The Total Print event has confirmed in my mind that print is now part of a digital scene. I tried to make litho interesting as news but this only worked to an extent. The editors of OhmyNews have switched the headlines on my story so that the e-book aspect is the priority. Seems reasonable for their audience.

So let us assume that WWWatford has arrived. It was intended as a destination for the UK print industry, like Cairo for Windows. The Heidelberg presentation was as good as this could get. Prinect and computer to plate. Litho could not be much more available. Web-to-print was all over the show. What the speed is for the UK industry to implement this sort of thing, that is another question. There may be more consolidation before there is much investment. Recent Printweek editorials have been frank about the level of investment that would make much sense, for example in capacity for magazines. The WWWatford site will continue to look at UK print with the global context getting easier to link in as attention turns to IPEX. Assume next year's Total Print much the same as this. The LCC conference was mostly about games and the Web so there is a discussion possible about how this fits with the display area.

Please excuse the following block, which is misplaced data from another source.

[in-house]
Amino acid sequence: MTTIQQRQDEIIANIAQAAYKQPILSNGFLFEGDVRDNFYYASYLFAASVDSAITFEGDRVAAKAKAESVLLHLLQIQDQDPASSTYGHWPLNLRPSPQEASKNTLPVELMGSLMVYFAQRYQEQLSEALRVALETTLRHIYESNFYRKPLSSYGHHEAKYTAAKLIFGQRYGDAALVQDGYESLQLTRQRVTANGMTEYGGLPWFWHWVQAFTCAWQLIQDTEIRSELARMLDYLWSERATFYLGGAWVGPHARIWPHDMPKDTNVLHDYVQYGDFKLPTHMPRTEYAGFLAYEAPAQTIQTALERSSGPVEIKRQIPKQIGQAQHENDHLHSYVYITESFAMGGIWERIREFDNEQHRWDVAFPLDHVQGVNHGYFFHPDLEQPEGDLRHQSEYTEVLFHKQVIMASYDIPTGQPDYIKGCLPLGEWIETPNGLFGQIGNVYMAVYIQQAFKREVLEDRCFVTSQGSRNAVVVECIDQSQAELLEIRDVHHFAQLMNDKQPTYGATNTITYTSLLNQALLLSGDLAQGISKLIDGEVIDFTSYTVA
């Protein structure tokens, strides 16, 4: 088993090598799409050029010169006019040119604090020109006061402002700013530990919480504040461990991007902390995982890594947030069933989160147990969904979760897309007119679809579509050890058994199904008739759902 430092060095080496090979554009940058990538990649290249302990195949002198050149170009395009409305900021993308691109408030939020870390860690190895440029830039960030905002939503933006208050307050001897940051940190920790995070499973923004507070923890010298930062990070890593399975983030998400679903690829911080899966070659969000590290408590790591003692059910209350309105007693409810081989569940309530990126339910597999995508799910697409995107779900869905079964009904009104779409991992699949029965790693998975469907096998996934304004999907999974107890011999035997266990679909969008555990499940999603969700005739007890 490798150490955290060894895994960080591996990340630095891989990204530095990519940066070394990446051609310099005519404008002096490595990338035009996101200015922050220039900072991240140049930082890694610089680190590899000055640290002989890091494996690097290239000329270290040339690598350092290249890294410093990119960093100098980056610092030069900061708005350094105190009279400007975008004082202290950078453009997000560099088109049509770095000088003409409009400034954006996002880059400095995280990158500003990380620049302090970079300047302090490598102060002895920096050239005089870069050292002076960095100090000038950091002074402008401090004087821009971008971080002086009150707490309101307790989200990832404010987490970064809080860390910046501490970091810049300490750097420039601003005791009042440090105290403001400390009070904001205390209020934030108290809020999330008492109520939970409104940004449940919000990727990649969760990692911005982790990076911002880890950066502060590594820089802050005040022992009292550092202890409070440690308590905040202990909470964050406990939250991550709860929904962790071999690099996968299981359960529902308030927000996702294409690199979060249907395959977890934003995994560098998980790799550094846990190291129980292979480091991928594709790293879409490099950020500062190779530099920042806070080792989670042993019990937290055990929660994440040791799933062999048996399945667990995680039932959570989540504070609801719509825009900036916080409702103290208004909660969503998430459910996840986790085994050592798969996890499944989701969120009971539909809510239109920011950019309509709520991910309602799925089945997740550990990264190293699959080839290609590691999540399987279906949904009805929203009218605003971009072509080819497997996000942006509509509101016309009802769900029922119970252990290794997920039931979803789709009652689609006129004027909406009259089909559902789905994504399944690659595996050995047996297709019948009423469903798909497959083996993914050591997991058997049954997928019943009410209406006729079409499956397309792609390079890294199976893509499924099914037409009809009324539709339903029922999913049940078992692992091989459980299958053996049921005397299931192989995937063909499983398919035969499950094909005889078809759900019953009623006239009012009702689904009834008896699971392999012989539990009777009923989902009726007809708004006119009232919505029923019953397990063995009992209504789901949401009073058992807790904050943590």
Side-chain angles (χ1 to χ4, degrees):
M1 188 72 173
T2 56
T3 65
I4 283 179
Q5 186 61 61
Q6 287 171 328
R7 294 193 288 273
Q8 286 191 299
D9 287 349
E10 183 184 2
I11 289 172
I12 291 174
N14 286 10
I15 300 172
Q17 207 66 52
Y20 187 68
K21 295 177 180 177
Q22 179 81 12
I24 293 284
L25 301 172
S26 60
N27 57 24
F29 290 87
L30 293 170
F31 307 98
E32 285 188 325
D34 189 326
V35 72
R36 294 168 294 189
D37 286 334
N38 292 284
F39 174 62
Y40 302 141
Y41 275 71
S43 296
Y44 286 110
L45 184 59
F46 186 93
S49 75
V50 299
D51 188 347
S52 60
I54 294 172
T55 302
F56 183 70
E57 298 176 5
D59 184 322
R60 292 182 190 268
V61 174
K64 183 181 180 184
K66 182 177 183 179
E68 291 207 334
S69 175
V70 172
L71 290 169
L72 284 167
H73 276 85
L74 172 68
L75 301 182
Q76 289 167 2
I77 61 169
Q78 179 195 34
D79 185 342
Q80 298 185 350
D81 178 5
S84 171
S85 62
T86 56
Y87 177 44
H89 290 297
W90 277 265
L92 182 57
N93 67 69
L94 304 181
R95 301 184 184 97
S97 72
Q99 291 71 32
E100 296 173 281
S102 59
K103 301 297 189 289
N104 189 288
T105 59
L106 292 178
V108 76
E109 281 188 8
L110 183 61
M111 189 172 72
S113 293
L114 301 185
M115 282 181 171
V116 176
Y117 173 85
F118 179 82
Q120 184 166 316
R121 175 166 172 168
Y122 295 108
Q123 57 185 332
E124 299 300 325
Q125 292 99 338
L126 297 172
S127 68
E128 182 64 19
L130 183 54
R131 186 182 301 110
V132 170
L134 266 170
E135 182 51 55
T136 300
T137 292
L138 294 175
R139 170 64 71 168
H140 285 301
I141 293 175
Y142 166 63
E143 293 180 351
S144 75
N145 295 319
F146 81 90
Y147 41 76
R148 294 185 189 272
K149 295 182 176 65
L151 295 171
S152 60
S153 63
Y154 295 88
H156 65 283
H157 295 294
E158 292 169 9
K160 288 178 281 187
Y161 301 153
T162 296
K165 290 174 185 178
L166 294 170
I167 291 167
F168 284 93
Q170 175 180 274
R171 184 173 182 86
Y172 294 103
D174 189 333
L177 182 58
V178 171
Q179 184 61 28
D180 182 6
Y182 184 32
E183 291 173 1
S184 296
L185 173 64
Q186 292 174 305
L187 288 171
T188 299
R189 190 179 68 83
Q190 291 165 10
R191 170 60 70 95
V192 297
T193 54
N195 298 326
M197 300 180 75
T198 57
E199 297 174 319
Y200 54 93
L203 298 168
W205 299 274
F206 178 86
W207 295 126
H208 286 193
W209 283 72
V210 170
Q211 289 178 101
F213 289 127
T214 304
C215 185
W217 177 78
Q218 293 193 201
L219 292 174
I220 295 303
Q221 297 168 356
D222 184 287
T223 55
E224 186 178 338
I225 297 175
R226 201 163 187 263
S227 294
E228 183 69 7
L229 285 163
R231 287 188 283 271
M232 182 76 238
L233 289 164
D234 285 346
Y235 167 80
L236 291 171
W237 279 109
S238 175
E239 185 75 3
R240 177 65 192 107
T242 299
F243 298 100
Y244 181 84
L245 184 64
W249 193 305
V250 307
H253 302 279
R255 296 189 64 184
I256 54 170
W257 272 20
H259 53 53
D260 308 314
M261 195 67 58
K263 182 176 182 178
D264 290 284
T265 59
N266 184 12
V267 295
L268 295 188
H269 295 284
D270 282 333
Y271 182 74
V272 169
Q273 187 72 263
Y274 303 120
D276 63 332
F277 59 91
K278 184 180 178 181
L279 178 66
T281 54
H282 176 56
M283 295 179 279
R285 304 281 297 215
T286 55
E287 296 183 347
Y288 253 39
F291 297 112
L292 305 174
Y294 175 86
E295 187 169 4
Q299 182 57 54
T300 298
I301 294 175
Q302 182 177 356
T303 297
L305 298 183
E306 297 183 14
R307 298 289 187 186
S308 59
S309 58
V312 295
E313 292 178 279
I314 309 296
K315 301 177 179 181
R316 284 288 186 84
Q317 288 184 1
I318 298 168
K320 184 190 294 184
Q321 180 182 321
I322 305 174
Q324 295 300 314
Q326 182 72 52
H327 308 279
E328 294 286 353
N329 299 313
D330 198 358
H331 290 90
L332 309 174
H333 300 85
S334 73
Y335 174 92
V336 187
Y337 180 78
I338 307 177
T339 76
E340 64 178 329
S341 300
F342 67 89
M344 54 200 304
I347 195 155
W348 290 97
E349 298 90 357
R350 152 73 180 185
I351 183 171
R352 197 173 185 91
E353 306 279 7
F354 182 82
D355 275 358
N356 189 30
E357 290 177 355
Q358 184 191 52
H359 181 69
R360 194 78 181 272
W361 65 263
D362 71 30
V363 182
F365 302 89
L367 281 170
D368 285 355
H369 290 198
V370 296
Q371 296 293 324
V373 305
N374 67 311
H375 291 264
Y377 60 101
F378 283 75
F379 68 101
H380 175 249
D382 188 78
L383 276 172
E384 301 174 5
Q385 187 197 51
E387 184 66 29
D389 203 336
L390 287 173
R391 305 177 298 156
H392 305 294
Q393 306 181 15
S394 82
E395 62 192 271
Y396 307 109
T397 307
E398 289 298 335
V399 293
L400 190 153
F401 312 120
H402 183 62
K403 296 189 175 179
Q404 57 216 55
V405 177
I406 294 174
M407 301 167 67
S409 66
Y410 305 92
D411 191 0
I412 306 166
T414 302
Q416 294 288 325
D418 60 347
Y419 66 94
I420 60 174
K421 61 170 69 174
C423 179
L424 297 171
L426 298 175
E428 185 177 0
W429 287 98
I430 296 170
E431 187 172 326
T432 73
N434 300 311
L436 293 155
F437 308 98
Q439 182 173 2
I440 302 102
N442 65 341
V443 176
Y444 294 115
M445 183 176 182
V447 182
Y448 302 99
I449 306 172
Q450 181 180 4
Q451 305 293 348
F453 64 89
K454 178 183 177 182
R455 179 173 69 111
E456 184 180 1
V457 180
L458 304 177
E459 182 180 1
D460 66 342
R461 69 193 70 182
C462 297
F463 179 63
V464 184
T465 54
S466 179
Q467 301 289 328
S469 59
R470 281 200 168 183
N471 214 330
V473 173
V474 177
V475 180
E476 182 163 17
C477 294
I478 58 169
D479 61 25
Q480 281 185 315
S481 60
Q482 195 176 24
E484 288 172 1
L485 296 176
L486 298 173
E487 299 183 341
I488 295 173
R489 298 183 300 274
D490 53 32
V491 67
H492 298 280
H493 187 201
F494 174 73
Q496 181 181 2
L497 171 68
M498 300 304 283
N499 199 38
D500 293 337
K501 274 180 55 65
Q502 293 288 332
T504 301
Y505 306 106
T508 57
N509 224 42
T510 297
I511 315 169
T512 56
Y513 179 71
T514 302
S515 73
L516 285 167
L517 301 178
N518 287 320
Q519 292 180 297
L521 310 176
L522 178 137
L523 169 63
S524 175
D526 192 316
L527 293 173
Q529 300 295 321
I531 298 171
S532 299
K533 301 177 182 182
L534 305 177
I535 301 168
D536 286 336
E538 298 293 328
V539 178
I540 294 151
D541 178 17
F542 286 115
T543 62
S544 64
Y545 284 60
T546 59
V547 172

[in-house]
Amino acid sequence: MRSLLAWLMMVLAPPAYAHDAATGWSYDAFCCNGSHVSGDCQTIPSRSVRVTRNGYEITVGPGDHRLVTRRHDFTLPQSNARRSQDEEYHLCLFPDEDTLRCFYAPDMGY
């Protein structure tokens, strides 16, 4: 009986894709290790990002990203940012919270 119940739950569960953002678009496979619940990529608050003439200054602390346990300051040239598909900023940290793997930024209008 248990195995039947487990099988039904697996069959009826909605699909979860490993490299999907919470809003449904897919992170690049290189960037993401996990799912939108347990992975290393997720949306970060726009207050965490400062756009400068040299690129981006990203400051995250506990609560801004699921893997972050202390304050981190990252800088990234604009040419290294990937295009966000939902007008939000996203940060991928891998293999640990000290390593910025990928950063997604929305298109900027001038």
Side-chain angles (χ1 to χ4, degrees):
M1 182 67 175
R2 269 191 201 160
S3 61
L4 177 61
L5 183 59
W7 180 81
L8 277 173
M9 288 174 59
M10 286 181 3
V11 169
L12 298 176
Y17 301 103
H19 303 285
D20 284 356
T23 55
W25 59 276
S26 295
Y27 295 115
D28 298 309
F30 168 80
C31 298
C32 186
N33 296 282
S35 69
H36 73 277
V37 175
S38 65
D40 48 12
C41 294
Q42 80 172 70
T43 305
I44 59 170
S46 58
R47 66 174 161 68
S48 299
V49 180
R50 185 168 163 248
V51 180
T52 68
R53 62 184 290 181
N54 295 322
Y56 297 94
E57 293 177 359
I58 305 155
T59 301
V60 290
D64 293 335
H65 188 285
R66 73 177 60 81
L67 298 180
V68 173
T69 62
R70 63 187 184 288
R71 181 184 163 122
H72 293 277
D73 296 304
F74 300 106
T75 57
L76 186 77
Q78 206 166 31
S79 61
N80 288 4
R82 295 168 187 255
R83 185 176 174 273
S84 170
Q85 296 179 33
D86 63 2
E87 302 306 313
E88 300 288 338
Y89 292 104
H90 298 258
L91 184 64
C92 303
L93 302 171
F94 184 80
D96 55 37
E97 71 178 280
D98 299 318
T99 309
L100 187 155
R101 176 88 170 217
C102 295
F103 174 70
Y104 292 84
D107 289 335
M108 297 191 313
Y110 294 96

The Acrobat Services sites are complicated by the Adobe introduction to Acrobat of all things Flash. It is no longer just about PDF. On balance I think most people are still mostly interested in PDF when they think about Acrobat but this is not the marketing view from Adobe. They seem to be giving up on Adobe Classic as if it is getting too easy for others to supply Postscript clones or PDF creation. Adobe Max is expected to be much more future proof. I think the UK is not really ready for much of this, partly because of bandwidth. So I intend to keep the UK site pretty much to Adobe Classic in themes, - flat pages, hard copy, documents as organisations are used to them. Also the Digital Editions Reader and ePUB. The PDFXML approach will be included but there is almost no support from Adobe in promoting this. At least with ePUB there is a group of people with an interest in reaching a wider audience.